get link While I’m not religious, and certainly not fasting as so many of my friends are right now, I am always happy to enjoy a cruelty free meal.
http://smartmedia.com.au/about/matt/ Greece is not the best place to live if you are vegan. You might feel inclined to disagree with me on that if you’ve been here on vacation and enjoyed all the excellent fresh veggies and fruit the country offers, but trust me. Yes, we do have great produce, but when it comes to substitutes we are a million years behind. If you do find a market with meat, egg, or dairy substitutes, they are wildly overpriced.
So how do the Greeks handle the great lent? Well, first of all, they do not have to restrain from a lot of the lovely sea food (no blood – no problem). The base of their diet however, is vegetables. Boiled wild greens, salads, and fresh spring produce cooked into stews or pies.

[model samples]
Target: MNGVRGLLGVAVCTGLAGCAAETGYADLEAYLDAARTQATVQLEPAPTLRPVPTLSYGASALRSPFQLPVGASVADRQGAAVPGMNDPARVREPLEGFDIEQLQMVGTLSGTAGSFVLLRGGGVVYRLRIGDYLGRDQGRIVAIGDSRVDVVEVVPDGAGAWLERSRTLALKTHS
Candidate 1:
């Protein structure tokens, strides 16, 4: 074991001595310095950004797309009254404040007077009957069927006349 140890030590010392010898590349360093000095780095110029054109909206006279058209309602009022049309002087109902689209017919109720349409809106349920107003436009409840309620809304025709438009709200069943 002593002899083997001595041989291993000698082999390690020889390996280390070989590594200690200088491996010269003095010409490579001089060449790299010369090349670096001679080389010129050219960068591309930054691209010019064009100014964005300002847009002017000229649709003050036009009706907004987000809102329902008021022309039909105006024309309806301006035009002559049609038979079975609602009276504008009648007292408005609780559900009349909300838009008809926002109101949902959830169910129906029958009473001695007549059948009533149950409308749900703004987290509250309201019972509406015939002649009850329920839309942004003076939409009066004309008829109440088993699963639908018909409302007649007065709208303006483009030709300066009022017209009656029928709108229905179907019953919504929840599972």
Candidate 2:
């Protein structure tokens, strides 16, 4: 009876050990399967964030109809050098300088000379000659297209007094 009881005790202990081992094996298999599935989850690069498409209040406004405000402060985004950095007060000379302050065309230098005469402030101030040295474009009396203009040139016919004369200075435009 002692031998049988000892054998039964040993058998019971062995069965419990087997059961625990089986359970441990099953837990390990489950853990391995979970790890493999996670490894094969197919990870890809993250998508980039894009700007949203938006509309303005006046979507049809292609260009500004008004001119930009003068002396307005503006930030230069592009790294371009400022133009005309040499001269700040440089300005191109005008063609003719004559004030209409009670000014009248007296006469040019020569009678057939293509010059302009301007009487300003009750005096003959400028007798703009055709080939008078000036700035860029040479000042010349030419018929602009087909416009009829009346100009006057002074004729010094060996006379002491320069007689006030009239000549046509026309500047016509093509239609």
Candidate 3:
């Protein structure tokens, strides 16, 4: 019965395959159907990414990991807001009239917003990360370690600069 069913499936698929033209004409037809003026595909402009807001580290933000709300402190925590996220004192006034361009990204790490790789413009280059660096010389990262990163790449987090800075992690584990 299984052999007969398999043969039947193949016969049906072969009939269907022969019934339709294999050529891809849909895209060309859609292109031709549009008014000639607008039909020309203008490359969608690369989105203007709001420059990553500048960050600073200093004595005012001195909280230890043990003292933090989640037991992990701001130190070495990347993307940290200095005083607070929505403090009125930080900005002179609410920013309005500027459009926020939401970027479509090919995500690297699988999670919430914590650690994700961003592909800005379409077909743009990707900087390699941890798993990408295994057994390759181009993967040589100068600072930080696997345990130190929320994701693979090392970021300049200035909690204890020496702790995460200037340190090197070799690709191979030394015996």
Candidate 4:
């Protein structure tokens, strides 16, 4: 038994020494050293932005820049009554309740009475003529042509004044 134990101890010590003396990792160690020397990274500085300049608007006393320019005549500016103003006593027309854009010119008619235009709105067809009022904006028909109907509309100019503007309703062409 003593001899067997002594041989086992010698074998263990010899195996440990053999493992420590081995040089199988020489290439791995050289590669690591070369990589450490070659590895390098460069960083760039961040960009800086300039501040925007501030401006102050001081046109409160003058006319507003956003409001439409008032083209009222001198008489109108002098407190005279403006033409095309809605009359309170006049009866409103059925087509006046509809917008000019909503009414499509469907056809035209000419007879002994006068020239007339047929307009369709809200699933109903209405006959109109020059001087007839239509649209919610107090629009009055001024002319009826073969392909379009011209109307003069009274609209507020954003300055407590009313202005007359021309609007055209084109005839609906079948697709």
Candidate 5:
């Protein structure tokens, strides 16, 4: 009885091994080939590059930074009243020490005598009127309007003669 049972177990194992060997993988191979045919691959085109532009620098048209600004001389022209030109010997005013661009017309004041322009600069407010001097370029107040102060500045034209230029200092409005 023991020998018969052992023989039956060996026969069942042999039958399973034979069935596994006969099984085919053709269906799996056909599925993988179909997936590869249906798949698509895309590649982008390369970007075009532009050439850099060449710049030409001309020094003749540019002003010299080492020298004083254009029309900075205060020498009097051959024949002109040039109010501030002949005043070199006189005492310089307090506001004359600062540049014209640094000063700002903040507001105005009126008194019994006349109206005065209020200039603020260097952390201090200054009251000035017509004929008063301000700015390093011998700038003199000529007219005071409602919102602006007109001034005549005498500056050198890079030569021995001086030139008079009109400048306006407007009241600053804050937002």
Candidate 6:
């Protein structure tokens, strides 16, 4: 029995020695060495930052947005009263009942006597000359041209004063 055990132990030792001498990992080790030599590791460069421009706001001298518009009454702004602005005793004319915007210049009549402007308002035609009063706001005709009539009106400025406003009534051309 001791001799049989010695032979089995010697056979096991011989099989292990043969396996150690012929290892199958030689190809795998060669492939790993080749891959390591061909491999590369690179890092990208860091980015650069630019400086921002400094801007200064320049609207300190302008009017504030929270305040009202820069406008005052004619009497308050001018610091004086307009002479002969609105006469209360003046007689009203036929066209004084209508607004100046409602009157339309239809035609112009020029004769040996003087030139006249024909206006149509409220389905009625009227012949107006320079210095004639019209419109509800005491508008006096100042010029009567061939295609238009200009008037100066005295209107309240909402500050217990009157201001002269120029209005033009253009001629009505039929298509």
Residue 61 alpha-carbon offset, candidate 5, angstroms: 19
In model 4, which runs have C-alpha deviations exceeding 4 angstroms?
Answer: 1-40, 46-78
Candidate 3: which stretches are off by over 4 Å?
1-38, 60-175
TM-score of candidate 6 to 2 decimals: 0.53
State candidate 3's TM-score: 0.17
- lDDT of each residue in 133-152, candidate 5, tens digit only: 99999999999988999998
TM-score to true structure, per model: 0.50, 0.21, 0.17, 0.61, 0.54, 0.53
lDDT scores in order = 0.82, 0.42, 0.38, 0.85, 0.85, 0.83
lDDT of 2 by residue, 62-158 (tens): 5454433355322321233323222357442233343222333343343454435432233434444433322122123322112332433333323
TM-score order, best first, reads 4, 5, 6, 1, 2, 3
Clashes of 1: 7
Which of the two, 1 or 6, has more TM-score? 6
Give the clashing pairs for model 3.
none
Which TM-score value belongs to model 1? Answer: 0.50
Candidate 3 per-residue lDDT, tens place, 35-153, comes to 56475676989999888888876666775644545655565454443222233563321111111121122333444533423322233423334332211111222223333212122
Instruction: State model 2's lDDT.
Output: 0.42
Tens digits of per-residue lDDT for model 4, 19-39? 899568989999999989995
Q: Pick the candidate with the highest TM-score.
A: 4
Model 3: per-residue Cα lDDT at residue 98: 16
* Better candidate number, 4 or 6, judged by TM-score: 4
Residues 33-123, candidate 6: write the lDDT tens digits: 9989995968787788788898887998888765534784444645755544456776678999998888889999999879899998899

The vegan vegetable-based dishes do agree with the Mediterranean. Spartian, clean, and fresh.
- 6 slices of country style sour dough bread
- 2 handfuls of champignon mushrooms, cut into wedges/halved/quartered depending on size
- 1 handful cherry tomatoes
- 1/2 yellow onion, finely chopped
- 1 clove of garlic, finely chopped
- 2 sprigs of fresh thyme
- extra virgin olive oil
- sea salt & freshly ground pepper to taste
- balsamic cream
- Heat up a pan with a bit of olive oil to medium-high heat. Add the garlic and onions and sauté until softened.
- Add the mushrooms and cook for a few minutes; until browned and softened. Season with thyme leaves, salt, and pepper.
- Pour your mushrooms onto a plate and cover.
- Add another drizzle of olive oil to the pan, and raise the heat to high. Briefly cook your bread slices in the pan until golden on both sides.
- Wash and slice your cherry tomatoes.
- Assemble the bruschetta: Top each slice of bread with mushrooms and tomatoes, sprinkle with a bit of sea salt, and a drizzle of balsamic cream.